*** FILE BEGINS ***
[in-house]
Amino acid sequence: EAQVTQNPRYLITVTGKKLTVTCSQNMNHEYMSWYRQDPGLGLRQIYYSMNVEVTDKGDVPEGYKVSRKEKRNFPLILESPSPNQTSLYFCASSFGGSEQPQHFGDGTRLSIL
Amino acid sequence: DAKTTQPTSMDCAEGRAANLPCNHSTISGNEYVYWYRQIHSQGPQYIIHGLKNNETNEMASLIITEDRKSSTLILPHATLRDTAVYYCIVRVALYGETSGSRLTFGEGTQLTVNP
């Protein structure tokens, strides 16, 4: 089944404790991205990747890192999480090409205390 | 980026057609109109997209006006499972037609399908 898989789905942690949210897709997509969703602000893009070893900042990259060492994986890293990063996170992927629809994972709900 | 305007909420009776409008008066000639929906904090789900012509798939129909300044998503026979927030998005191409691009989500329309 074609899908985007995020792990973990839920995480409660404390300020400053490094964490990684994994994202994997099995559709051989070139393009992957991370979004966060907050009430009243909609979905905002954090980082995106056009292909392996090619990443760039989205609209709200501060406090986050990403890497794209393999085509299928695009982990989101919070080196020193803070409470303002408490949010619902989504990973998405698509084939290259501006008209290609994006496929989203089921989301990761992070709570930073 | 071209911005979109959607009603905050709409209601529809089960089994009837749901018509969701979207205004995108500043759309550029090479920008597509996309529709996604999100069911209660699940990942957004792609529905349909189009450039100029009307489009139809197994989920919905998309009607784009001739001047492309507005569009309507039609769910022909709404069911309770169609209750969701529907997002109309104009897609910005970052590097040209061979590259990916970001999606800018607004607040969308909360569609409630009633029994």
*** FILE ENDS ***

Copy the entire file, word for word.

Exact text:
[in-house]
Amino acid sequence: EAQVTQNPRYLITVTGKKLTVTCSQNMNHEYMSWYRQDPGLGLRQIYYSMNVEVTDKGDVPEGYKVSRKEKRNFPLILESPSPNQTSLYFCASSFGGSEQPQHFGDGTRLSIL
Amino acid sequence: DAKTTQPTSMDCAEGRAANLPCNHSTISGNEYVYWYRQIHSQGPQYIIHGLKNNETNEMASLIITEDRKSSTLILPHATLRDTAVYYCIVRVALYGETSGSRLTFGEGTQLTVNP
């Protein structure tokens, strides 16, 4: 089944404790991205990747890192999480090409205390 | 980026057609109109997209006006499972037609399908 898989789905942690949210897709997509969703602000893009070893900042990259060492994986890293990063996170992927629809994972709900 | 305007909420009776409008008066000639929906904090789900012509798939129909300044998503026979927030998005191409691009989500329309 074609899908985007995020792990973990839920995480409660404390300020400053490094964490990684994994994202994997099995559709051989070139393009992957991370979004966060907050009430009243909609979905905002954090980082995106056009292909392996090619990443760039989205609209709200501060406090986050990403890497794209393999085509299928695009982990989101919070080196020193803070409470303002408490949010619902989504990973998405698509084939290259501006008209290609994006496929989203089921989301990761992070709570930073 | 071209911005979109959607009603905050709409209601529809089960089994009837749901018509969701979207205004995108500043759309550029090479920008597509996309529709996604999100069911209660699940990942957004792609529905349909189009450039100029009307489009139809197994989920919905998309009607784009001739001047492309507005569009309507039609769910022909709404069911309770169609209750969701529907997002109309104009897609910005970052590097040209061979590259990916970001999606800018607004607040969308909360569609409630009633029994």